In Central America, Costa Rica offers rain forests, great beaches and a neat new sport -- zip-lining along tree-tops deep in the jungle. Participants are strapped into a harness with a multitude of safety lines and outfitted with heavy leather gloves for speed control, then use a pulley system of ropes and cables to hoist themselves 100 feet up to a platform in the first tree. Then, attached by a strong hook to heavy cables strung several hundred feet between giant ceiba trees, they zip from tree to tree, rappelling down to earth from the final platform. One place running the program is the Hotel Villablanca in the private Los Angeles Cloud Forest Reserve (011-506-228-4603). Lodgings in one of the hotel's down-to-earth casitas are about $90 daily.

Health spas turn inward

At the cutting-edge health spas this year, you won't see guests exercising till they drop or submitting to mindless shriveling in the hydrotherapy pools. Guests are taking advantage of downtime to improve their mental health and emotional well-being by joining theme weeks in life enhancement. At Tucson's Canyon Ranch (800-742-9000), the most forward-looking spa in the country, women can choose from weeks devoted to the Mid-life Journey, an Executive Women's Retreat for balancing the demands of high-pressure jobs, private and family life, and a couples retreat called Sex Body & Soul aimed at enhancing partners' physical and spiritual intimacy.

The budget-priced Oaks at Ojai (800-753-6257) offers three-day Art & Soul weekends, where women get painting lessons along with their workouts. Rates start at about $150 per night per person, double occupancy, including all meals and activities.

The Hotel Spa Ixtapan, a luxury spa in Mexico (800-638-7950), has begun offering Spanish lessons to guests along with pampering treatments. Packages start at $390 per person double occupancy for four-night packages.

Also hot on the health-spa scene: new day-spas run by the big names -- Canyon Ranch is opening a series of SpaClubs around the United States to give day-trippers a taste of what goes on at the resort's retreats in Tucson and Massachusetts' Berkshires. The first SpaClub is scheduled to debut this spring at Las Vegas' Venetian Resort (888-288-5228).

Also going the day-spa route is California's swank Golden Door Spa, recently acquired by Grand Bay Hotels (call 888-472-6229). The chain plans to open Golden Door day- spas at each of its resorts and hotels, including properties in Toronto and Puerto Rico's northeast coast this winter, and later Philadelphia, Chicago and Miami. Other resorts due Golden Door day-spas: the Boulders in Carefree, Ariz.; the Lodge at Ventana Canyon, Tucson; the Peaks in Telluride, Colo.; and Carmel Valley Ranch in California.

The Greenhouse (800-515-9099), a swank women's spa near Dallas, has opened 11 day-spas around the United States, from Chicago to Manhasset, N.Y., Denver, Boca Raton, Fla., and Beverly Hills.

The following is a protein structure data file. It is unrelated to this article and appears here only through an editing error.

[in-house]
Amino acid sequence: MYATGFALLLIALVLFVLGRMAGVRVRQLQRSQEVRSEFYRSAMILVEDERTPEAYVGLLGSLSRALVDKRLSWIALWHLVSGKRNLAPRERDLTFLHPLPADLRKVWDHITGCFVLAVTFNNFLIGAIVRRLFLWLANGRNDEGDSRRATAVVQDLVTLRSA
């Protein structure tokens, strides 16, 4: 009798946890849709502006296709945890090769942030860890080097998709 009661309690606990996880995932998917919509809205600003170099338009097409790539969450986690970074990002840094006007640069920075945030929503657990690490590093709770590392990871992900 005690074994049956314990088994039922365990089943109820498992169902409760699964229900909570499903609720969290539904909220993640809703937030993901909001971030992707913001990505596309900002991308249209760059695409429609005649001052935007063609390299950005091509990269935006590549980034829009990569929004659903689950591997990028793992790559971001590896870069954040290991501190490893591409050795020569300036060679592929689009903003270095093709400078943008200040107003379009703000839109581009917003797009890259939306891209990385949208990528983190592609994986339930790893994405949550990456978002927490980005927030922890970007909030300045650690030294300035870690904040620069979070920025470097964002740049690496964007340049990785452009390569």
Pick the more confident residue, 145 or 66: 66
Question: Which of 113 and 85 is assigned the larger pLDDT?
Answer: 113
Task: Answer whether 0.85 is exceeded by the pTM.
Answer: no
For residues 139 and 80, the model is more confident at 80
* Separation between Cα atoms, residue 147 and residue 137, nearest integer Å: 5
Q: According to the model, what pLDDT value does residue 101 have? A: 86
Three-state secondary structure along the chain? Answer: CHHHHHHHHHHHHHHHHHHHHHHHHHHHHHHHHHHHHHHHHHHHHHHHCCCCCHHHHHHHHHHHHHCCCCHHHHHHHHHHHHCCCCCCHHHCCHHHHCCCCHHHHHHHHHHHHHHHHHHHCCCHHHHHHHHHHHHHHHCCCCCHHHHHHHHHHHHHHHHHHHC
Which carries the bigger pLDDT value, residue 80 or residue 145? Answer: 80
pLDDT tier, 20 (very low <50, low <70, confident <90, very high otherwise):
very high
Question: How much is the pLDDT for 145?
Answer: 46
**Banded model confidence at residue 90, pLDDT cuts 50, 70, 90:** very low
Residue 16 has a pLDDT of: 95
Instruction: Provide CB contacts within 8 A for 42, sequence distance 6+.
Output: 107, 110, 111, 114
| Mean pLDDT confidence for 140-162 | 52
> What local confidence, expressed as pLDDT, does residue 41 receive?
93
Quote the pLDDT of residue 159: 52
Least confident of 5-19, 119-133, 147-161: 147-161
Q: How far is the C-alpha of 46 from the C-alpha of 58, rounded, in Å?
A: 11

New wave of cruises

Cruises, once the preserve of older folks who spent their days waddling between their deck chairs and endless meals -- with an occasional city bus tour at a port or two -- are making a sea change to attract younger travelers and families.

Mammoth ships such as the new Grand Princess, at 109,000 tons (a measure of space, not weight) the largest ship afloat, are floating resorts offering as much variety in activities and dining options as most land-based resorts. Taller than Niagara Falls and four times longer than New York's Grand Central Station, the 2,600-passenger Grand is stuffed to the gills with amusements. A huge virtual-reality center allows passengers to "hang-glide" over the Grand Canyon while they actually are coasting along the Caribbean or Mediterranean. There's a nine-hole putting green, volleyball, basketball and paddle tennis courts, a swim-against-the-current lap pool (one of five pools), nine restaurants (including a 24-hour buffet) and a stained-glass wedding chapel. The junior set, meanwhile, has its own basketball court, Jacuzzi and separate game centers for tots and teens.

Making a big splash at the other end of the spectrum are intimate cruises aboard tiny, yacht-like boats such as those operated in Alaska by American Safari Cruises (888-862-8881). Aboard the company's 12- to 20-passenger cabin cruisers, guests watch the Inside Passage's passing scene from the steamy comfort of their deck-top hot tub or while paddling up close and personal in easy-to-maneuver sea kayaks.

Most cruise lines are trying to lure families. The new Disney Magic has an entire deck of supervised children's activities and an adults-only dining room for parents seeking a romantic break. Carnival Cruise Lines ships (including the new Paradise, the world's first totally nonsmoking ship) offers Camp Carnival, a day-long roster of supervised activities for different age groups, including kids' formal "coketail parties" and a sleepover night at the children's clubhouse. Even Holland America, once solely geared to the senior set on its Alaska cruises, has introduced adventurous shore excursions specifically for the junior set -- making cruising with the folks or grandfolks even more fun.